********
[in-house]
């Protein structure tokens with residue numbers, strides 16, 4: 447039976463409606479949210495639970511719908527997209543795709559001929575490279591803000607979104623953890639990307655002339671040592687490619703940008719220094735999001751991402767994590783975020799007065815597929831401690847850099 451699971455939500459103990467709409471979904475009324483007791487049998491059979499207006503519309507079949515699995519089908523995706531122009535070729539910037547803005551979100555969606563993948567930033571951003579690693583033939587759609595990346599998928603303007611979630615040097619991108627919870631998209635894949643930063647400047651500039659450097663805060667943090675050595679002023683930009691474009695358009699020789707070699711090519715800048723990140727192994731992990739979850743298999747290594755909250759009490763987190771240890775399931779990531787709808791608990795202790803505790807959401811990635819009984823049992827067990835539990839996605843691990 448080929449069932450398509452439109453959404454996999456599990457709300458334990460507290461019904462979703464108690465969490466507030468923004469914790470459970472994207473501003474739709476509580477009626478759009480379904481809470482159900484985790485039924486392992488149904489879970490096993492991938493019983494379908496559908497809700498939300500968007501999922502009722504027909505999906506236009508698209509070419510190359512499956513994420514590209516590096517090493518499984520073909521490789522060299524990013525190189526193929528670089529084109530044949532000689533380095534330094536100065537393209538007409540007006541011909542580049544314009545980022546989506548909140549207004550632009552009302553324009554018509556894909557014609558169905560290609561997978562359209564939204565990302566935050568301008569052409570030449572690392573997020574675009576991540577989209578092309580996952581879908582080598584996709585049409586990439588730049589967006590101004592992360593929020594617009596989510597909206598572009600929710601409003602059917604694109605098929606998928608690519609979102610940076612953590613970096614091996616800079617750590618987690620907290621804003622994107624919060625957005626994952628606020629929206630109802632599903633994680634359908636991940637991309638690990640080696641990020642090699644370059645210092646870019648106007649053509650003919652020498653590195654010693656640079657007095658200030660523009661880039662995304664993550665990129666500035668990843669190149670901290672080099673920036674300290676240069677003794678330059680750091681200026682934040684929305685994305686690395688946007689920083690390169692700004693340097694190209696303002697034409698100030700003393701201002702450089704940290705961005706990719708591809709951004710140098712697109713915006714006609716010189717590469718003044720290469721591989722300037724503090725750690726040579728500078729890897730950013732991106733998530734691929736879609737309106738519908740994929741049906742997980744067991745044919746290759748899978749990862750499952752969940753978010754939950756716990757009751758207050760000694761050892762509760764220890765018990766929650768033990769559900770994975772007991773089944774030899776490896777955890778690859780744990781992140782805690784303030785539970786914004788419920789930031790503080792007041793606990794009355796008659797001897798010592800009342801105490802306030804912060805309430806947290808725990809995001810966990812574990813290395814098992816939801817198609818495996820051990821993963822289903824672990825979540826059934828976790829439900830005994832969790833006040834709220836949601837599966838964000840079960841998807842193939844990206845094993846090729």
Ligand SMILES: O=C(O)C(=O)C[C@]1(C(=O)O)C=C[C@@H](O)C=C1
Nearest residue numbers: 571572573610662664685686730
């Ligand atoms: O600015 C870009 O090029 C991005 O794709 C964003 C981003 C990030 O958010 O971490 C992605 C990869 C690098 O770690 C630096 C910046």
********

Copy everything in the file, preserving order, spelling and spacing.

[in-house]
């Protein structure tokens with residue numbers, strides 16, 4: 447039976463409606479949210495639970511719908527997209543795709559001929575490279591803000607979104623953890639990307655002339671040592687490619703940008719220094735999001751991402767994590783975020799007065815597929831401690847850099 451699971455939500459103990467709409471979904475009324483007791487049998491059979499207006503519309507079949515699995519089908523995706531122009535070729539910037547803005551979100555969606563993948567930033571951003579690693583033939587759609595990346599998928603303007611979630615040097619991108627919870631998209635894949643930063647400047651500039659450097663805060667943090675050595679002023683930009691474009695358009699020789707070699711090519715800048723990140727192994731992990739979850743298999747290594755909250759009490763987190771240890775399931779990531787709808791608990795202790803505790807959401811990635819009984823049992827067990835539990839996605843691990 448080929449069932450398509452439109453959404454996999456599990457709300458334990460507290461019904462979703464108690465969490466507030468923004469914790470459970472994207473501003474739709476509580477009626478759009480379904481809470482159900484985790485039924486392992488149904489879970490096993492991938493019983494379908496559908497809700498939300500968007501999922502009722504027909505999906506236009508698209509070419510190359512499956513994420514590209516590096517090493518499984520073909521490789522060299524990013525190189526193929528670089529084109530044949532000689533380095534330094536100065537393209538007409540007006541011909542580049544314009545980022546989506548909140549207004550632009552009302553324009554018509556894909557014609558169905560290609561997978562359209564939204565990302566935050568301008569052409570030449572690392573997020574675009576991540577989209578092309580996952581879908582080598584996709585049409586990439588730049589967006590101004592992360593929020594617009596989510597909206598572009600929710601409003602059917604694109605098929606998928608690519609979102610940076612953590613970096614091996616800079617750590618987690620907290621804003622994107624919060625957005626994952628606020629929206630109802632599903633994680634359908636991940637991309638690990640080696641990020642090699644370059645210092646870019648106007649053509650003919652020498653590195654010693656640079657007095658200030660523009661880039662995304664993550665990129666500035668990843669190149670901290672080099673920036674300290676240069677003794678330059680750091681200026682934040684929305685994305686690395688946007689920083690390169692700004693340097694190209696303002697034409698100030700003393701201002702450089704940290705961005706990719708591809709951004710140098712697109713915006714006609716010189717590469718003044720290469721591989722300037724503090725750690726040579728500078729890897730950013732991106733998530734691929736879609737309106738519908740994929741049906742997980744067991745044919746290759748899978749990862750499952752969940753978010754939950756716990757009751758207050760000694761050892762509760764220890765018990766929650768033990769559900770994975772007991773089944774030899776490896777955890778690859780744990781992140782805690784303030785539970786914004788419920789930031790503080792007041793606990794009355796008659797001897798010592800009342801105490802306030804912060805309430806947290808725990809995001810966990812574990813290395814098992816939801817198609818495996820051990821993963822289903824672990825979540826059934828976790829439900830005994832969790833006040834709220836949601837599966838964000840079960841998807842193939844990206845094993846090729």
Ligand SMILES: O=C(O)C(=O)C[C@]1(C(=O)O)C=C[C@@H](O)C=C1
Nearest residue numbers: 571572573610662664685686730
């Ligand atoms: O600015 C870009 O090029 C991005 O794709 C964003 C981003 C990030 O958010 O971490 C992605 C990869 C690098 O770690 C630096 C910046």